Since then we have enjoyed full houses and standing ovations every night and although it is still early days I am grateful from the very source of my being. The relief of opening night was so mammoth that I came down with a strange virus (still unidentified) that caused me to sleep straight through the two nights and a day I had off until beginning my next week of shows tonight. I have almost completely recovered and the adrenaline of tonight’s show seemed to have given me a clean bill of health. Most of the tickets sold so far have been people who don"t even know me, and if atleast half of my mates come to see the show we will have to extend or do another run it's wonderful!

Tigger, Tanz, Mom, Si, Cath, Neels, Elly, Wim, Amalanka, Gerrit, Elzabe, Retha, Hopkins family, Collett, Luiz, Bruce W, Coenie K, Sonia, Peter, Sean, Tess, Nicci, everyone on Facebook and many more people... thank you all for the roles you’ve played in this amazing experience. I’m not counting my chickens. I’m merely sharing my gratitude at this point of the journey. I am fully aware that I am still flat broke and am not sure what the Universe has in store for me beyond the end of this run but I am feeling very optimistic nonetheless.
Irrespective of what the future holds I am so thankful for every helping hand and every ticket sold, but I can’t help being a “Little” excited about it too.
So much Love.
Little Poof!

Friday, February 5, 2010


For the past few weeks I have been preparing a show called Little Poof! It's a collection of monologues from different characters from different walks on life that share their perspectives on Queer life in South Africa. I open in four days. It's difficult for me to describe what this process has been like for me. First of all if it wasn't for my brilliant director and my phenomenal musical director and close friend Cath I would have run in front of a taxi ages ago. They, together with my amazing family (especially my brother!) , have made this an experience I can proudly say I am just coping with. Getting up one day and going about making your own show is impossible without the help and constant Love and support of those dear to you, but it is the wrestling with myself that I had not quite bargained with. I realise now that I make a formidable opponent. Most mornings I wake up sport a thong, and heavily douse myself in baby oil. I then step into a slippery ring to face my own image and some tricky toussling then ensues. I'm a sneaky and dexterous wrestling partner and most nights I collapse in a heap of exhaustion. The underhanded tactics employed by my opponent involve whispering things into my ears that attempt to scramble my mind and tremble my heart. Chants like: "what makes you think you can do this?" And "you don't have what it takes, you're going to humiliate yourself.". Then I'll have a kick ass rehearsal that leaves champagne bubbles in my heart which gives me the upper hand to get my bitchy "little" foe in a headlock. Self doubt is rife! It's a plague amongst most of my loved ones. We find it necessary to send ourselves home as the weakest link long before anybody else could have the desire. But I realise that I should in fact be the guy in my own corner, my own pink pom pom thrusting cheerleader waiting to do cartwheels from behind the wings. Rather than my own judge and jury. There are some aspects of this process that have facilitated a few of the loneliest moments of my life, but in the same breath, never before have so many people selflessly come forward to lend a hand and demonstrate their faith in me. I can't wait to perform for you, to demonstrate my gratitude. Also I cannot wait to get up there for my own face off with my shadow and really get to test the sureness of my footing again. Worst case scenario is that I fall on my ass, but even that has entertainment value and should get a laugh.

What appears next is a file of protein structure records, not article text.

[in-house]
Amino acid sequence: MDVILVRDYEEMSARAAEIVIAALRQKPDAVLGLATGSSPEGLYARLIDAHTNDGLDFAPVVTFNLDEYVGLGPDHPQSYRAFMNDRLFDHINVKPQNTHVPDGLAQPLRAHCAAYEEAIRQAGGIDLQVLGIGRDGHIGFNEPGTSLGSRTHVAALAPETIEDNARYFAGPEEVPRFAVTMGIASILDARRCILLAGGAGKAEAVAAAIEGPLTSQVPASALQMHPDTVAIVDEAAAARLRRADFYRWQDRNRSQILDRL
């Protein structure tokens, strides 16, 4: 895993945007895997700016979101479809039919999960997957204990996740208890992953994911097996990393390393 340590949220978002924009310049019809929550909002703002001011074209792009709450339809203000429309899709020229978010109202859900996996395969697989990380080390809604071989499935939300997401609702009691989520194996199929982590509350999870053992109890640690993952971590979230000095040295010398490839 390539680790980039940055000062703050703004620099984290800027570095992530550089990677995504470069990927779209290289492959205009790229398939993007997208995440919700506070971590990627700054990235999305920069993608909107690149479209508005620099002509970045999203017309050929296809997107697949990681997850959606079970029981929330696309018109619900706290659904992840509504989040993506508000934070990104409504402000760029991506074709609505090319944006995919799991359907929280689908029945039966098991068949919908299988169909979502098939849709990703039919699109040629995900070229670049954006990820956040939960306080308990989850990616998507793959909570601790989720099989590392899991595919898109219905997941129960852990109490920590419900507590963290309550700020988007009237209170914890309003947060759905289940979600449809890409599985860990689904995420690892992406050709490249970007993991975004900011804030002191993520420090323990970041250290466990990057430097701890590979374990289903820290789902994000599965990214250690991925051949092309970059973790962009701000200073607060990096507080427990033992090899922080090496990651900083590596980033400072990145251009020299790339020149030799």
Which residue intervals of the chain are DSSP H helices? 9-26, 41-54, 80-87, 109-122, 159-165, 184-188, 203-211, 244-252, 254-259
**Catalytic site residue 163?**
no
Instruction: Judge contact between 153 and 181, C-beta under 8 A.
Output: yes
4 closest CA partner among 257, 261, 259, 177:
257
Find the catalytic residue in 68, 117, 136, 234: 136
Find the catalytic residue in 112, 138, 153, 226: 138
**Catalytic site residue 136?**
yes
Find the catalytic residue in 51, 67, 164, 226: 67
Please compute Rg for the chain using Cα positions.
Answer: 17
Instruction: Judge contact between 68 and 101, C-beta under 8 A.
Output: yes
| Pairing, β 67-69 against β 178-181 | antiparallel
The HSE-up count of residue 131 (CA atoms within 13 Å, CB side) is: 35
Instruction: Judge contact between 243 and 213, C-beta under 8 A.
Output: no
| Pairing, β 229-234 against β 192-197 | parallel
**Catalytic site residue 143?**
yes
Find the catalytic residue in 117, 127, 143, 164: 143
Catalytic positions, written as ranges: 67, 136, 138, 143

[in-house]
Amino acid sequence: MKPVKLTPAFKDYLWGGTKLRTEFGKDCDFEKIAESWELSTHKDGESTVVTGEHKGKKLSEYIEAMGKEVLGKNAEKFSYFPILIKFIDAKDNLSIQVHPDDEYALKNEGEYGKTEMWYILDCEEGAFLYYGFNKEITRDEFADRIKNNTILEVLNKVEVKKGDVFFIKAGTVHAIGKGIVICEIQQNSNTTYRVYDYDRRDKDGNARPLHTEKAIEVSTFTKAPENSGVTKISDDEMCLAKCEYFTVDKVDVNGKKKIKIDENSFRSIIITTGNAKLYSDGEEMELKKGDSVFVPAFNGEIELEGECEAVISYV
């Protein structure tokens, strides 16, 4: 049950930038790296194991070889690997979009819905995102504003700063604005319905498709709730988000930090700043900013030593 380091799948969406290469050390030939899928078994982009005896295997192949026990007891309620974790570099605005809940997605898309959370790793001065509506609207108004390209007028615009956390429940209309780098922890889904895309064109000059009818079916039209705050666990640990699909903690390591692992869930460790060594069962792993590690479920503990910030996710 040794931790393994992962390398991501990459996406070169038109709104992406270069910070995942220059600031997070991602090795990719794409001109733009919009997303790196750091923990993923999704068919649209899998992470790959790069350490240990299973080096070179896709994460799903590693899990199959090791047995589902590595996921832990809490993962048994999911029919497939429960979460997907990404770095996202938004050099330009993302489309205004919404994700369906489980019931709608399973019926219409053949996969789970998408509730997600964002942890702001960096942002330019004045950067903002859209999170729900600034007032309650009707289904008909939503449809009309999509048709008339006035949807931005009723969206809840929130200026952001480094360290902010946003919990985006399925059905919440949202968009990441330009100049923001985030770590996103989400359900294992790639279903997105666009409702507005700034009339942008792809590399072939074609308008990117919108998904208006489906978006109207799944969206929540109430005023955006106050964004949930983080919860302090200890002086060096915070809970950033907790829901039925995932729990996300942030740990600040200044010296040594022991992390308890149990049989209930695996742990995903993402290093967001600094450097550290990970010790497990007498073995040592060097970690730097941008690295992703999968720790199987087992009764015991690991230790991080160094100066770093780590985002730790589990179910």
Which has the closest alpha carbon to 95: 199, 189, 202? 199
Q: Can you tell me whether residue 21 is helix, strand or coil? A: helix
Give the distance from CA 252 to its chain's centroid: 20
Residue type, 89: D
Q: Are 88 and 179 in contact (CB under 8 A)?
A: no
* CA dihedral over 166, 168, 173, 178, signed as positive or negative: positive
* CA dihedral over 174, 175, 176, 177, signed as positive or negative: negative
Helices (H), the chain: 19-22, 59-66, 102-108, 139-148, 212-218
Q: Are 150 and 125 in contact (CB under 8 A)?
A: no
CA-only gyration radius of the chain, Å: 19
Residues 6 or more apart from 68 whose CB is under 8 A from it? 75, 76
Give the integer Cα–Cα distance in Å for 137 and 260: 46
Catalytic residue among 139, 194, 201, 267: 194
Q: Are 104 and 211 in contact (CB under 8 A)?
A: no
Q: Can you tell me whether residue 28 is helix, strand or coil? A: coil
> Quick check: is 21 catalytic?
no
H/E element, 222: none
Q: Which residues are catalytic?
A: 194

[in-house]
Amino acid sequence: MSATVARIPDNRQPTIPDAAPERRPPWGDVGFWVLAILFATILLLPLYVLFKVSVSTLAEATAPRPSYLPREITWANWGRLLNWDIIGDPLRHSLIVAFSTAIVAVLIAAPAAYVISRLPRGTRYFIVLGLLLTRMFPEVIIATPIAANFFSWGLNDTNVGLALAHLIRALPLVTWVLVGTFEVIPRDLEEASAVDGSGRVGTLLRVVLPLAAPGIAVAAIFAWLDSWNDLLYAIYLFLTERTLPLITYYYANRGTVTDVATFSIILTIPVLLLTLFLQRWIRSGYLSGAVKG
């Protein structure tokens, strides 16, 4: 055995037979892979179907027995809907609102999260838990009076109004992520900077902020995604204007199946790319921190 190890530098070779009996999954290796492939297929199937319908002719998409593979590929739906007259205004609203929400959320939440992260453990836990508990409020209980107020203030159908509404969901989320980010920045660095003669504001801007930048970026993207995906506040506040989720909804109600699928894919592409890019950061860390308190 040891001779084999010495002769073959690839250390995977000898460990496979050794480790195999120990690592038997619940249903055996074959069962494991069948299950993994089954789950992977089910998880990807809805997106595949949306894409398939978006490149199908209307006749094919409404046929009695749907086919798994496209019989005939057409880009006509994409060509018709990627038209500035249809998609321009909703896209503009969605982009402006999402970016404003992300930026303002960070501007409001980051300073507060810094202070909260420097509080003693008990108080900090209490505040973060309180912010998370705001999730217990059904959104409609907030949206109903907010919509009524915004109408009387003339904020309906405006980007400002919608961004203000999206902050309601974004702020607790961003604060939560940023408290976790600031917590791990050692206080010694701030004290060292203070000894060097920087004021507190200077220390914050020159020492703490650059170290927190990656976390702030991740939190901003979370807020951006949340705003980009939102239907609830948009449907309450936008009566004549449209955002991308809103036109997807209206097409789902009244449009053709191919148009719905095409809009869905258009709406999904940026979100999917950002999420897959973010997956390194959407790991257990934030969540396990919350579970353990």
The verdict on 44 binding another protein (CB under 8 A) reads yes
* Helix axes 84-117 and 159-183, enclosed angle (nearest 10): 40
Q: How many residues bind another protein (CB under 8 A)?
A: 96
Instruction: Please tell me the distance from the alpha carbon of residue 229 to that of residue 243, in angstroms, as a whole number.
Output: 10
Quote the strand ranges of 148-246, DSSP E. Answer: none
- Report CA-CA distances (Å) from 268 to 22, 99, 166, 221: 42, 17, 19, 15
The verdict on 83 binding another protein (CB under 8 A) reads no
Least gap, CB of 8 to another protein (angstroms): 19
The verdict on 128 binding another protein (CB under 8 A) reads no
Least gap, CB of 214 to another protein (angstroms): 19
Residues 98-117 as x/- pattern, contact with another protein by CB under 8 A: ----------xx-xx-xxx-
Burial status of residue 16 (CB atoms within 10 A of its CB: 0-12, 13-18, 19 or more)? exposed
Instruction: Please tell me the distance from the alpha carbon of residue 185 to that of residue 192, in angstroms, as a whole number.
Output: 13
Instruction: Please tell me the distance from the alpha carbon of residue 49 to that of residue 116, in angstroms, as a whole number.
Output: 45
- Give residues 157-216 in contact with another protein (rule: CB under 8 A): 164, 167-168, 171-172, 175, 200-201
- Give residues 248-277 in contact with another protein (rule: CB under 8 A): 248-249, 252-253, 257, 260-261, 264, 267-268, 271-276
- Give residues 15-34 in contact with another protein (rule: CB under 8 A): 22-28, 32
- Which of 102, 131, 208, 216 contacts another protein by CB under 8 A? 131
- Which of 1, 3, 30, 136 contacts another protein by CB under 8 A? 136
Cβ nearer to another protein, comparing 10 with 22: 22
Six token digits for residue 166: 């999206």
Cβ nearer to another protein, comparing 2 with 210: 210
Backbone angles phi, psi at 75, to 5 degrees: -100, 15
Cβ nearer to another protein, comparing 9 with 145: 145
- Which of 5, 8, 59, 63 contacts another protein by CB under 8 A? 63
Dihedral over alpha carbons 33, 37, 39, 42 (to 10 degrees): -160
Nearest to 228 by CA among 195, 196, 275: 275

It's frightening to be the captain of your own ship. It's been easier for me to be one of the crew in so many other instances. Now there is noone to blame if I should styeer myself to crash among the rocks. But then again I may also be the only one qualified to steer my vessel to Shangri-la. I guess that's what adventure is all about. Once this big venture is completed I am already planning my next great big expedition. One that should take me out across the roughest seas of all, The oceans of the heart. But for that one I'll have to find me the right first mate to man the deck with me. And that is no light recruitment task. But for now I will paddle this canoe on it's set path to centrestage sharing my thoughts with a (hopefully) appreciative audience, and who knows maybe I can kill two birds with one stone? Perhaps all this attention will attract the right crew member to assist me casting off on my next great adventure. There's a naughty nautical thought. Ships ahoy!